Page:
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The Experience of Death Grips, Live, by Henri Robbins

Over the summer, I saw Death Grips live. Twice.

It was a spiritual experience.

The first show was in Indianapolis, and the second was in Newport, KY.

Neither of them were like any concert I’d been to before, not just with the music itself, but also with the crowds that it attracted.

I stood in the worst smelling room I’d ever been in. Hundreds of strangers surrounded me, almost all of them wearing black, and hardly any of them were talking.

I waited for probably an hour and a half, during which the crowd loosened up. I talked to someone about their Car Seat Headrest tattoo. Someone else pulled a few sticks of sidewalk chalk from their pocket to draw on the concrete floor.

As-of-then-unreleased instrumentals played over the speakers.

As I waited in line for the restroom, someone in a sleeveless Final Fantasy sweatshirt struck up a conversation. I heard echoes of something yelled about pissing in the sink as the door to the restroom swung open.

Someone walked by wearing a propeller hat and carrying a lollipop.

“What the hell?” I thought to myself.

To anyone who’s heard a song by Death Grips, though, this is hardly a surprise. Their music is known for its loud, abrasive and cryptic tendencies. Their frontman is only known in passing, with traces of him in public being passed around on message boards like Bigfoot sightings.

My personal favorite example of these spottings is a post from a user on Grailed — a vintage designer clothing marketplace — who sold him a pair of $1,000 boots. A few months later, he was seen wearing the same boots onstage.

Even his current stage name is bathed in confusion — what was once Ride changed into MC Ride after a comma was forgotten in an early article, and the band’s MC, Ride, became “MC Ride.” However, “Master of Ceremonies” seems a fitting title. Since then, that’s been his most common moniker, replacing his real name of Stefan Burnett in most instances. There’s never been any comment on the mistake, or whether it even was one.

The band’s two other members, drummer Zach Hill and producer/sound designer Andy Morin, are equally as hard-to-place, but much less cryptic. Andy’s most recent project is an online art collective/social media platform called A2B2, where he occasionally posts advertisements for questionably-legal bulk research chemicals. Zach is arguably one of the most skilled drummers alive today.

But as the lights shut off, and as Ride stepped onstage, all pretense washed away. Instead, all that remained was the band — and the crowd.

And suddenly, a third thing: sound.

A harsh deluge of it, abrasive and overpowering. Dense and crackling vocals pierced through the wall of synths and guitar. They formed into ritualistic chants more than a melody.

The environment mirrored many of the ideas presented in their lyrics: the occult, mysticism, radical self-worship and postmodern alienation. The space is abrasive, overwhelming, yet somehow minimal.

Bass rumbled across the floor, and the entire crowd jumped and crashed in unison. I could have easily fallen and gotten trampled, but I didn’t. Someone threw an elbow behind me, kicks bounced off my shoes. No matter where I went in the crowd, moshing seemed to find me. There were no complex visuals, no changing lights and no breaks between songs. Harsh and constant red light washed over the crowd. Pure sound, so loud that taking my earplugs made no difference, thundered across the venue.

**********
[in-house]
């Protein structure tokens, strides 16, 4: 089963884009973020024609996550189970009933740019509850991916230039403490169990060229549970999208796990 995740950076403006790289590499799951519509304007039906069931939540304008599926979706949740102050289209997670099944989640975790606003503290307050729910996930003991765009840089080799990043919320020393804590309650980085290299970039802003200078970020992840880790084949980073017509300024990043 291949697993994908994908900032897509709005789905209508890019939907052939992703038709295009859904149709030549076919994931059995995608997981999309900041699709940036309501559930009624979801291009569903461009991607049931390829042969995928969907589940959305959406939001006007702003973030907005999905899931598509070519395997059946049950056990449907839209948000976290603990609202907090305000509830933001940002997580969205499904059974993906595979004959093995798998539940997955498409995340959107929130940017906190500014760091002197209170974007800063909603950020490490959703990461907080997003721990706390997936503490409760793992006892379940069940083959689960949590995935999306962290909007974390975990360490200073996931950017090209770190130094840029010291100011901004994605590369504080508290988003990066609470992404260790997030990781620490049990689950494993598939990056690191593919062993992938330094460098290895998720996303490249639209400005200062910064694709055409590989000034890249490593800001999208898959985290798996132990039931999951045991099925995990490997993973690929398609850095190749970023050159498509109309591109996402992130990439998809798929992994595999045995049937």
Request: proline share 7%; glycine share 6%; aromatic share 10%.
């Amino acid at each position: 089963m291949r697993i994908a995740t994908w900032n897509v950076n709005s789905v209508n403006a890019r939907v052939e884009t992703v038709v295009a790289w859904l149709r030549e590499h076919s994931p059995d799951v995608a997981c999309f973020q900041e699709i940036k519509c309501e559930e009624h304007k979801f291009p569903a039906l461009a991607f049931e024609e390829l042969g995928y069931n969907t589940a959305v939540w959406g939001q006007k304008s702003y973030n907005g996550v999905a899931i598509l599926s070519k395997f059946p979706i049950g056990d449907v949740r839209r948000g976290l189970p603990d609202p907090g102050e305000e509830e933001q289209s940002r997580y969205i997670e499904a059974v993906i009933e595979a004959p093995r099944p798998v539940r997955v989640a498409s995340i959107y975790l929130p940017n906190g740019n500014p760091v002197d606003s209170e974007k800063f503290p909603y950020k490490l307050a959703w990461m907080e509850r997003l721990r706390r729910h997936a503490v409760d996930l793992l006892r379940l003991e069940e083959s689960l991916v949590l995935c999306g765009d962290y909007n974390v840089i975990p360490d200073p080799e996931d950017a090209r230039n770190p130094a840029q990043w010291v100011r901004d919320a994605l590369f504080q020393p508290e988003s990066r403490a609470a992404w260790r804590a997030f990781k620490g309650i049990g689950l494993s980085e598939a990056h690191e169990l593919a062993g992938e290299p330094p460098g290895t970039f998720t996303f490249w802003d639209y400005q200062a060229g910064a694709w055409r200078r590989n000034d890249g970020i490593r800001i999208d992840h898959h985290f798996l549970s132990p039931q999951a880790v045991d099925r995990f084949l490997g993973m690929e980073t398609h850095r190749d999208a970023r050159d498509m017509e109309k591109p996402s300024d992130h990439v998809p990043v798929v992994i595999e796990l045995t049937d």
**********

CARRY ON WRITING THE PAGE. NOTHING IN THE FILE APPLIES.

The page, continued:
Sweat permeated the air, pervading every part of my being. The smell was horrible: a christening in raw humanity. The pure inverse of taking a shower. I washed my clothes twice afterward.

Standing at the front of the stage, enduring elbows from moshers and being thrown from side to side, something knocked loose in my soul. Like a chunk of phlegm in my lungs, I coughed it loose at a nearby White Castle as I came to understand what I just experienced.

My ears rang for the next few hours. The only thing to truly break through it was the exhaust of a tuned Nissan on the walk to the parking lot. At the post-concert meal, a friend and I shouted to overcome our hearing loss next to a crowd of local 20-somethings in crust pants doing the same.

The next few days were spent finding bruises across my arms and legs, wondering where they came from before quickly finding my answer.

The next few months saw the $75 tour sweatshirt find its way into my wardrobe, and one of the $20 socks I bought disappeared entirely.

The closest indicator that any of this was real, was a thumbs-up from the drummer after the end of the show — a luxury only granted to the Newport crowd.

There is nothing more raw or communal than shared music. Nothing more human than a crowd connected by a thread of love for a music so adversarial to its listeners. And with Death Grips closing their tour by walking offstage halfway through, I doubt shows like this can ever be replicated.

Death Grips, live, is a collective experience. It is a joining of humanity across a crowd, raw and unrestricted, collectively understood, yet impossible to fully explain after the fact.

The moment that the music started, everything else dissolved away. It was just me, the stage, and the music. The audience turned to waves, crashing in on itself as the speakers crunched and crackled.

The experience has stuck with me for months after because no other concert has so wholly removed me from the space it was in, from the audience, the sticky floors, the rancid smells of body odor and various chemicals; never before had I felt so viscerally connected to the music, with nothing else to even consider thinking about.

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